17 Jun Kin and culture
My name is Jennah Dungay. I am 22 years old. I am a proud Wiradjuri and Dunghutti woman – my families are from the NSW towns Wellington and Kempsey.
When I was about eight years old I started living with relatives, instead of my mum. I moved around a bit – to Wollongong, Sydney and Coffs Harbour. It was a very unstable life, but I was mostly happy and I always felt at home where I lived with my aunties, though I longed for my mum. If there was an event at school that the other children were bringing their parents to I always wished I could bring my mum, not just my aunties. But my mum was in jail for most of my childhood.
In my culture, your mum is practically your identity, so I felt connected to my culture because I knew who my mum was, even when she wasn’t around. I knew where my tribe was from, so I knew where I was from. You can have a thousand fathers, but you can just have one mother.
Living with my own kin was very important for me, and it’s important for any other Aboriginal child in care. It’s important because Aboriginal people understand Aboriginal humour and language – like when blackfellas say ‘gammin’, it means you’re lying or someone is pulling your leg. Putting a kid who is probably already distressed about not being able to stay living at home into a whole new culture would just make life even harder for them.
Aboriginal kids that don’t grow up with black culture and history also find it hard to be accepted by their people later on, but if they’re around it every day, they are part of it and are accepted in that community. An example of this is the time I spent growing up in Sydney. My dad and mum are from Wellington and Kempsey, but even though I was away from them, I grew up as part of Aboriginal culture in Sydney and that meant that I was accepted by the community there, and later on I was able to get recognition from the Land Council as being Aboriginal.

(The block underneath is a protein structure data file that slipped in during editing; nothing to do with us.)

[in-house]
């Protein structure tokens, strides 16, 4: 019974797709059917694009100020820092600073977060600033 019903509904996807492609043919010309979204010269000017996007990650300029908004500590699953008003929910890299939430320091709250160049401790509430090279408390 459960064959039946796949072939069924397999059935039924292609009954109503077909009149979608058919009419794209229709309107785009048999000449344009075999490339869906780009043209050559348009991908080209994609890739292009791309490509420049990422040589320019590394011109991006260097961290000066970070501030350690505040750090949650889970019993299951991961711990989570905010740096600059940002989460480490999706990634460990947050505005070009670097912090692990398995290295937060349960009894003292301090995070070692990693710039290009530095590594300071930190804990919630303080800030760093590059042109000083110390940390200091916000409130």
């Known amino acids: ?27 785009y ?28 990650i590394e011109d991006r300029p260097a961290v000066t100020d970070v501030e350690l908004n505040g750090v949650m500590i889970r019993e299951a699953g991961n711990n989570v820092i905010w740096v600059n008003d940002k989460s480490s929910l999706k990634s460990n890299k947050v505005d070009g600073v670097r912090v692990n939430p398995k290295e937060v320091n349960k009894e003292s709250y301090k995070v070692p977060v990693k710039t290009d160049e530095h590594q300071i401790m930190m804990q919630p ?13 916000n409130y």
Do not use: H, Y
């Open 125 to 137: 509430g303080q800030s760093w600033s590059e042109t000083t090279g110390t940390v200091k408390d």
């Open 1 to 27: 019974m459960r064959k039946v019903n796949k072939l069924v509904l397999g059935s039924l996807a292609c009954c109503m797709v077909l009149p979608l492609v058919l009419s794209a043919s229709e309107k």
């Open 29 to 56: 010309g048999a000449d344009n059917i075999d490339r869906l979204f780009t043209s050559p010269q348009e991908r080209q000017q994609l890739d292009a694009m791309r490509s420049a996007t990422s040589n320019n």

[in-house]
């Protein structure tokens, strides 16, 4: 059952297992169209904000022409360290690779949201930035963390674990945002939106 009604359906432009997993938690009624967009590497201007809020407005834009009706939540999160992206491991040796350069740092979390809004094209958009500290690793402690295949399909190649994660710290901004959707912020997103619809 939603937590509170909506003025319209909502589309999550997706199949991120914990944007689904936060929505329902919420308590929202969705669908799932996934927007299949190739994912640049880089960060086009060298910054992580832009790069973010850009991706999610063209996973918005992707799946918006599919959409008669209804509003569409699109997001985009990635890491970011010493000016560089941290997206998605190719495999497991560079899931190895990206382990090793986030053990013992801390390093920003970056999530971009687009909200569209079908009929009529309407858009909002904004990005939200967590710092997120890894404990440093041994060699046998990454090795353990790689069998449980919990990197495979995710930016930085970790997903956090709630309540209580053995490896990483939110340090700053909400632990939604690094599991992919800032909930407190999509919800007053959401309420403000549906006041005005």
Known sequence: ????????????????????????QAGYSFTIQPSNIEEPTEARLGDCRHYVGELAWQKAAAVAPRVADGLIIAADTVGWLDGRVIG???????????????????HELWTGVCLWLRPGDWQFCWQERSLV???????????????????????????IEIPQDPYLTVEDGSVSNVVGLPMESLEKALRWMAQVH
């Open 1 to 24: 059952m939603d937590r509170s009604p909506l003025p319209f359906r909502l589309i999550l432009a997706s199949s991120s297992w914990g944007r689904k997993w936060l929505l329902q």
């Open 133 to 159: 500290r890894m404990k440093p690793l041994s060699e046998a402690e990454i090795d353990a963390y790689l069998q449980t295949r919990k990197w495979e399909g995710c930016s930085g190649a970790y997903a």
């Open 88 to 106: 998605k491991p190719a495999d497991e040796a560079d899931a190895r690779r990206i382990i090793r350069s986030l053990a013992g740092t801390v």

I was lucky to grow up with close kinship ties even though I was in out-of-home care. But I have a little brother who’s not yet six, and I’ve only seen him four times in his life. He lives with his father’s half-sister, so he’s still in an Aboriginal family. But he doesn’t know who his mother is, and that breaks my heart. I desperately want to have more contact with him.
Wanting to have my brother in my life is what recently gave me the urgent sense of needing to get my life together. I had found myself at a crossroads, I had completed a training program but only had part-time work, and I was living with cousins. I wanted to get out on my own, but I had no savings for bond, and didn’t own any furniture or household goods.
I became involved with Uniting through the Aftercare program – a program that helps young people who, like me, have grown up in out-of-home care so don’t have the same support networks lots of other young people have in their late teens and early 20s as they are becoming independent adults. The Aftercare program helps with lots of the same things someone else’s parents or families might – bus tickets, groceries, bond, clothes. In my case, Uniting helped me with bond and furniture so I could set up my own place. I was able to use the money from my part-time work for household items like sheets and towels.
I feel like I’ve become another woman now. I’ve learnt how to be more independent now that I’m out on my own – living, paying expenses, not relying on anyone. I have a new full-time job as an Aboriginal Family Support Worker too, and that’s keeping me grounded. I can do so much more now. I finally feel like I’m at home. It’s my home and I can make it however I like now. I hope that having a home and stability will mean that this year I can bring my little brother into my life and give him the family he needs.
By Jennah Dungay
Watch more of Jennah’s story below